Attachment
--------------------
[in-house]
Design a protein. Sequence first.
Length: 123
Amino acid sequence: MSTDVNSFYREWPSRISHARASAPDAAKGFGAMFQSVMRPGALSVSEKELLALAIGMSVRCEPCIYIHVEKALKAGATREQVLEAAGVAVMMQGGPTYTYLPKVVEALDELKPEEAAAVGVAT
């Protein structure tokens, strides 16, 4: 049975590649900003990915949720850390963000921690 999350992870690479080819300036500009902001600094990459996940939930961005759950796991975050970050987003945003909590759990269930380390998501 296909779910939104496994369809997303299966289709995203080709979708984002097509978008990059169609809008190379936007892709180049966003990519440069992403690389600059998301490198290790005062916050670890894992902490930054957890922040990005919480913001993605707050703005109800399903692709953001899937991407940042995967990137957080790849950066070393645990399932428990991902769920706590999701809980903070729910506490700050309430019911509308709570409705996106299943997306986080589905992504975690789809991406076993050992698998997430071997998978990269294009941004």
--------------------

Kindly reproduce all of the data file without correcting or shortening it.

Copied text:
[in-house]
Design a protein. Sequence first.
Length: 123
Amino acid sequence: MSTDVNSFYREWPSRISHARASAPDAAKGFGAMFQSVMRPGALSVSEKELLALAIGMSVRCEPCIYIHVEKALKAGATREQVLEAAGVAVMMQGGPTYTYLPKVVEALDELKPEEAAAVGVAT
């Protein structure tokens, strides 16, 4: 049975590649900003990915949720850390963000921690 999350992870690479080819300036500009902001600094990459996940939930961005759950796991975050970050987003945003909590759990269930380390998501 296909779910939104496994369809997303299966289709995203080709979708984002097509978008990059169609809008190379936007892709180049966003990519440069992403690389600059998301490198290790005062916050670890894992902490930054957890922040990005919480913001993605707050703005109800399903692709953001899937991407940042995967990137957080790849950066070393645990399932428990991902769920706590999701809980903070729910506490700050309430019911509308709570409705996106299943997306986080589905992504975690789809991406076993050992698998997430071997998978990269294009941004």